The greatest among you must be your servant. Anyone who exalts himself will be humbled, and anyone who humbles himself will be exalted.
What a ridiculous and unworkable ideal. How could any system of government or organisation really operate on this principle?
Of course, everyone entrusted with power and authority claims to be serving the people. We all pretend to be more humble than we actually are. But in all relationships there are projections, role-playing and the games that people play with or against each other. In most games, too, people like to win.
So, before you know what is happening the service becomes a front for manipulation and humility becomes a form of domination. The masks are all off, as in Syria today or Libya a few months ago – or wherever the distorted love of power over others is threatened. It always takes two to tango, however, and decades can pass before those who are being exploited may react and rebel. Families, corporations, nations, we all play the same power game.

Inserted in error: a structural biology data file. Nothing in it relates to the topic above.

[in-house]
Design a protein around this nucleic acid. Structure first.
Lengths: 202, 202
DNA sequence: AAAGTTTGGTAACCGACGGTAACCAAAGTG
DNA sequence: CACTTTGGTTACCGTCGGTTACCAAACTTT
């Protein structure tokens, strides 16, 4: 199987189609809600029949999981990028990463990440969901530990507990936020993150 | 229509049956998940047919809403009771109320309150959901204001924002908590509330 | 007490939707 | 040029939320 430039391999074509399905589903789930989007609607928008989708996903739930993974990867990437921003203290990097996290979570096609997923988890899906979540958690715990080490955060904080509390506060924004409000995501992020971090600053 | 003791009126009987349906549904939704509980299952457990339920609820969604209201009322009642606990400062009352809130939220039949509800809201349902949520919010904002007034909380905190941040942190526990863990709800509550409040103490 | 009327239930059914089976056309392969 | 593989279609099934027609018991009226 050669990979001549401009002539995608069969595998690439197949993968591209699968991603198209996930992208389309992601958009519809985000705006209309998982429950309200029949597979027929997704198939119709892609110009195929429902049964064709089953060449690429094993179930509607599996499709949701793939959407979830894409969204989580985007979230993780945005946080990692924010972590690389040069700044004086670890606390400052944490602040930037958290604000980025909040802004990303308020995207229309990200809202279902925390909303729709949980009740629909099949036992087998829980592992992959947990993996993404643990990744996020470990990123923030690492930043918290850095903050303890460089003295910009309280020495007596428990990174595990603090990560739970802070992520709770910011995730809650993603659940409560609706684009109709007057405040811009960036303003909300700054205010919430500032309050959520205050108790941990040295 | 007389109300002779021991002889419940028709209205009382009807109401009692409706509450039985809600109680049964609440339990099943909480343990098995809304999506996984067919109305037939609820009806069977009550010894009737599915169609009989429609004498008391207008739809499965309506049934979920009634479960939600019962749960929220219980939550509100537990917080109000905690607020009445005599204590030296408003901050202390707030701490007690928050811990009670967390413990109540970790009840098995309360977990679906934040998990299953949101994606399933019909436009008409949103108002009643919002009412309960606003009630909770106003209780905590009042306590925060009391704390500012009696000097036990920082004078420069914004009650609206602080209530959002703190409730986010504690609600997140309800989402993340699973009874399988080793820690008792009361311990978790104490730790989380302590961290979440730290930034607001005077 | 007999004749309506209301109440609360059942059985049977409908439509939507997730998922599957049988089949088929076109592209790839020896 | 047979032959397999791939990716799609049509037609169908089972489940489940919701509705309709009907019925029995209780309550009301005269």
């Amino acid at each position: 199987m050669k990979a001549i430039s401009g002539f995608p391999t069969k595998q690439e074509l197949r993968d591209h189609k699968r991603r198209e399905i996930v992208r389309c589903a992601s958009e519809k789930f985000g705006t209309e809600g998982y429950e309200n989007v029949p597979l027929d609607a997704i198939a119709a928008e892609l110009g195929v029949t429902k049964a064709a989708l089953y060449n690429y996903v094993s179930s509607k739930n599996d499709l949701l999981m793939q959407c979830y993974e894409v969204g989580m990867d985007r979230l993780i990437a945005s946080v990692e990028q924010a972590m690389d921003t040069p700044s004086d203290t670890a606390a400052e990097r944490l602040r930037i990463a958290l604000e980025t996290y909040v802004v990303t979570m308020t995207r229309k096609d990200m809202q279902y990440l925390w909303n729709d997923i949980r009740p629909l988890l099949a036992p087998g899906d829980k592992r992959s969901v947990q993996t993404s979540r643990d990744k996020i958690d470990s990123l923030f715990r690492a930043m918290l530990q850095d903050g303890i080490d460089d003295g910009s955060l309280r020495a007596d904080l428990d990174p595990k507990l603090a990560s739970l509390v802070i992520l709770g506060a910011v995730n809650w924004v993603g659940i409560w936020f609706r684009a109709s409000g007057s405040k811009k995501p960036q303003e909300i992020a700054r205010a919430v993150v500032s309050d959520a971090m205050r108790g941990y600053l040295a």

Where then is this teaching of Jesus coming from and what is it pointing to?
Healthy relationship is of course a two-way process and the chemistry of multiple relationships has many dimensions. But the fundamental principle of relational health is solitude. If we cannot find and sit in our ‘inner room’ or let ourselves ‘be led into the desert’ we cannot hold the detachment necessary for good relationship. Solitude is our finding the ground of being which is the oceanbed of all relationship. Only when we are humbled by that discovery can we realise that every human relationship is rooted in that ground of being. Every relationship in the cosmos mirrors the central relationship of being itself.
Jesus is not only telling us how we should behave. He is telling us what God is like.Laurence Freeman OSB